Perhaps when he regains more of his sense of self, Dev will be able to find a way to do that.

    Something Important is coming up! And Someone Important, too!
  22. Raissa Baiard

    Raissa Baiard Favorites of Fanfic Artist Extraordinaire star 4 VIP

    Nov 22, 1999
    Thanks to @WarmNyota_SweetAyesha and @Findswoman for beta reading@};-

    Chapter 5

    That Taungsday started off like any other day at the spaceport. Kiume and I were working on unloading the latest shipment from Shor. Giaca didn’t have much in the way of agriculture and next to nothing as far as industry, so a good part of our food and all of our technology had to be imported. Most of it came through ShoraCo, the state-run company the government of Shor had set up to colonize the planet. The days when the ShoraCo ships came in were our busiest. There was enough work unloading the XS-800 freighter to keep all three of us busy, but Gero had assigned himself to the smallest ship, a SCT scout craft, instead. Kiume never protested the way Gero divided the labor between us, and while this easygoing attitude annoyed me at first—why should Kiume and I always get the worst of the grunt work while Gero finished early and smirked at us from where he sat drinking in the shade?—but pretty soon I figured out there was a good reason behind it. The less actual work Gero did, the fewer messes there were for Kiume and I to clean up.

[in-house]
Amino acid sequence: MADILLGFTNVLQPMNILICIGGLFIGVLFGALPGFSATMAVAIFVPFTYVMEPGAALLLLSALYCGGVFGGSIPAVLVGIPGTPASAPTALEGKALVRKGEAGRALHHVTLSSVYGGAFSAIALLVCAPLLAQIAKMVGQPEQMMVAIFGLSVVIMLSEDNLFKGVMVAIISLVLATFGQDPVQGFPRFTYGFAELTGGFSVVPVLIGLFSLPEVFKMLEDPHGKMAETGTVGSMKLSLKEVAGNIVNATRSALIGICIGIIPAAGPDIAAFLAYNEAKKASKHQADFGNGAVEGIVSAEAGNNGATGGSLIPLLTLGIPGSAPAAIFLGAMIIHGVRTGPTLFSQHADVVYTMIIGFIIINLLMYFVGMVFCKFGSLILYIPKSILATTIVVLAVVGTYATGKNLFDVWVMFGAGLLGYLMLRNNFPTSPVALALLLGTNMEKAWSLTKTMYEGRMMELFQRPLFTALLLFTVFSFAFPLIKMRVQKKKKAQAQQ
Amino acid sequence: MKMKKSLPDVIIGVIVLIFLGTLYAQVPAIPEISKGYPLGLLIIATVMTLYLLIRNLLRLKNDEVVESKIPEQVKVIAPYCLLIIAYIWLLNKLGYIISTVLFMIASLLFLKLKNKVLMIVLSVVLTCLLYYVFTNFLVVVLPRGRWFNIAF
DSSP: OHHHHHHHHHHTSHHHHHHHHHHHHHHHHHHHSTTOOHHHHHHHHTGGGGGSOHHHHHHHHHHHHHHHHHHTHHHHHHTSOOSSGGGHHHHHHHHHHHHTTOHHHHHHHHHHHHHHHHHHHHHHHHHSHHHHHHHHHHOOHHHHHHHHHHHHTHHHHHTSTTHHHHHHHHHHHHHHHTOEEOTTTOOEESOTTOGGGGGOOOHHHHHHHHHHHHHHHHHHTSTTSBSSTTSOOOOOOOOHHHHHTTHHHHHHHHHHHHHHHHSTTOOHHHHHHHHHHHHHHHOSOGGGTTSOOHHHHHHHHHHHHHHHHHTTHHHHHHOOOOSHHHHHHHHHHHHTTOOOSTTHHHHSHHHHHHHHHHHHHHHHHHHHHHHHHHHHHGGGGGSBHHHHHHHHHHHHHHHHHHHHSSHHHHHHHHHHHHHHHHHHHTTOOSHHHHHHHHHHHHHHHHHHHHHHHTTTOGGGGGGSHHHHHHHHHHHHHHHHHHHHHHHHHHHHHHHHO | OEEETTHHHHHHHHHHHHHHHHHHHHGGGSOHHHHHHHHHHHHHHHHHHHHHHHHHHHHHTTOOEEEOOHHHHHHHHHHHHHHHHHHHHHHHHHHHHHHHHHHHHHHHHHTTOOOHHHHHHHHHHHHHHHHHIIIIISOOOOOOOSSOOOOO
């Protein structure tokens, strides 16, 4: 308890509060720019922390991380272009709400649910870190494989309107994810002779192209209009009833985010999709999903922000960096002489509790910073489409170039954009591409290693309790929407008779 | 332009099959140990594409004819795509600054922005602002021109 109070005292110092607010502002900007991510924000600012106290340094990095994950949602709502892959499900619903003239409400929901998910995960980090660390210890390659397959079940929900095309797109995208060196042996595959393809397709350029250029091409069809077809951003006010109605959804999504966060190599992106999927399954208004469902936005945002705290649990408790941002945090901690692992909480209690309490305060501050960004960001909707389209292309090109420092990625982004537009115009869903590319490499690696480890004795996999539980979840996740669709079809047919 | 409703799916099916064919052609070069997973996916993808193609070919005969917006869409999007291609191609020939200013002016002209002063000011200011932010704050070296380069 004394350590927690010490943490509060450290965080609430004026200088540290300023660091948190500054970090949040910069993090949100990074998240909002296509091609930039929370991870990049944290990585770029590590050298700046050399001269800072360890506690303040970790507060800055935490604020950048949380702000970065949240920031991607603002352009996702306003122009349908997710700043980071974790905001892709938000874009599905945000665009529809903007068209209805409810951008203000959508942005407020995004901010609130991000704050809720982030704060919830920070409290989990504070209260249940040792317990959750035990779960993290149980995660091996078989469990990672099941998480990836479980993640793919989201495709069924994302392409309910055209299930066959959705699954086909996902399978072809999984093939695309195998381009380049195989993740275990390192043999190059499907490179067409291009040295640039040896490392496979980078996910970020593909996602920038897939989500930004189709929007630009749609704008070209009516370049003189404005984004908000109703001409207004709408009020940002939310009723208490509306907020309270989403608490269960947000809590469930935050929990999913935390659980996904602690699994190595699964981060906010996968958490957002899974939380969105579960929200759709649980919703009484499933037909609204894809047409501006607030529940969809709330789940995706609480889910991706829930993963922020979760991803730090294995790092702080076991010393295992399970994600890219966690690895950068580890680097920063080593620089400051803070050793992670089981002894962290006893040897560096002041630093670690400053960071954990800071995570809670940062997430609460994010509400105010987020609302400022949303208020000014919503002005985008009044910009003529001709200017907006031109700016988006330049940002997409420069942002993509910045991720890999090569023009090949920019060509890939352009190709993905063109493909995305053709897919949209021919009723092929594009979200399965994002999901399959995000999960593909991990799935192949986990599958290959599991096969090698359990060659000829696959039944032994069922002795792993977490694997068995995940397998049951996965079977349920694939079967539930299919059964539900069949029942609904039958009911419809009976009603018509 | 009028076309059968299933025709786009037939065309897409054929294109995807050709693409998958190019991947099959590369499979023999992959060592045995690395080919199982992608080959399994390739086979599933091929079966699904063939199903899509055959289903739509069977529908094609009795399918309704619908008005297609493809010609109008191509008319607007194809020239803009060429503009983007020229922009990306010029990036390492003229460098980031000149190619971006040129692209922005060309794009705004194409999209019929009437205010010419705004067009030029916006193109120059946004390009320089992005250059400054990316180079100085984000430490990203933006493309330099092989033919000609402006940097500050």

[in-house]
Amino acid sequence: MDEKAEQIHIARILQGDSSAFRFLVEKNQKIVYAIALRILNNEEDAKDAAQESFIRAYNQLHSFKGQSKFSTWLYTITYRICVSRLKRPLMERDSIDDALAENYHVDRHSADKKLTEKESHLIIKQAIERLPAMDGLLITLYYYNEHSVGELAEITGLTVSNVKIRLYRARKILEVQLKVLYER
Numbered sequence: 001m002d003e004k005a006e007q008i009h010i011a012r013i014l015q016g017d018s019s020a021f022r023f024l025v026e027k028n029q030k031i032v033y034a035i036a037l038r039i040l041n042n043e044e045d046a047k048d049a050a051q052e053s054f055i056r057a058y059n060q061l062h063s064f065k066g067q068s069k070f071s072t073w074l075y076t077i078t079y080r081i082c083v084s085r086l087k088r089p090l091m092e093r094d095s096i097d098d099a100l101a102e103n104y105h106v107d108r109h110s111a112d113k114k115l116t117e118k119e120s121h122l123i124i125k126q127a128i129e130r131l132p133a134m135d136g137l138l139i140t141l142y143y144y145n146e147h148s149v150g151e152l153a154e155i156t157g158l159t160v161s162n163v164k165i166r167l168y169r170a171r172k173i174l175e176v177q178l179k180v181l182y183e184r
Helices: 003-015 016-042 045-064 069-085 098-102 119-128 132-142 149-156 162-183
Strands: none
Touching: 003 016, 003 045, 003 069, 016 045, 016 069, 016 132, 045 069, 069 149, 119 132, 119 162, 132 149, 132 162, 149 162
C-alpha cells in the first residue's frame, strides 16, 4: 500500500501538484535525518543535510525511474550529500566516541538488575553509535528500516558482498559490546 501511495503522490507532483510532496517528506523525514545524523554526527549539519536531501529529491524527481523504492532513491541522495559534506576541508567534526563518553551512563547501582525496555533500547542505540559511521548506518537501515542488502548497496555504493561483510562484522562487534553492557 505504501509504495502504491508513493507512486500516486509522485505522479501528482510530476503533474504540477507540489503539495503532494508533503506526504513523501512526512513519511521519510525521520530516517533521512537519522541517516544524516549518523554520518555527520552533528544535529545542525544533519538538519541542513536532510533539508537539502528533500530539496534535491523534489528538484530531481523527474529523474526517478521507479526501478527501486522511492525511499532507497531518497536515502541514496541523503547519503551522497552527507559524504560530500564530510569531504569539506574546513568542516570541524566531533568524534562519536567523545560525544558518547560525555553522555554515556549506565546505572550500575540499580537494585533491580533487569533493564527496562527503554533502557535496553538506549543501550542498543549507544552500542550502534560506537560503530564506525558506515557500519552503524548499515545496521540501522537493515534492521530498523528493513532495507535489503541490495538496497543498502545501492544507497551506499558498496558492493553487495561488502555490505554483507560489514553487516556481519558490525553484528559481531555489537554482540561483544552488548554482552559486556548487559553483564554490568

Compared to loading Giacan wildlife for export, unloading was easy. It was back-breaking, sweaty labor, but it didn’t require a lot of thought. Once I got into a rhythm, I would go into autopilot, which was both good and bad, because it left my mind free to wander and try to tease clues out of the latest snatches of conversation that I’d heard in my dreams. That day, however, I couldn’t concentrate on anything—neither the voices from the night before nor the crates that were stacked in front of me. There was a feeling of misery in the air, like there sometimes was on the days we loaded the ships, only this was stronger, more personal, more aware than the caged creatures’ general miasma of fear. And there was a sound just on the edge of hearing, a mournful, keening howl that made me want to sit down and weep for all I’d lost.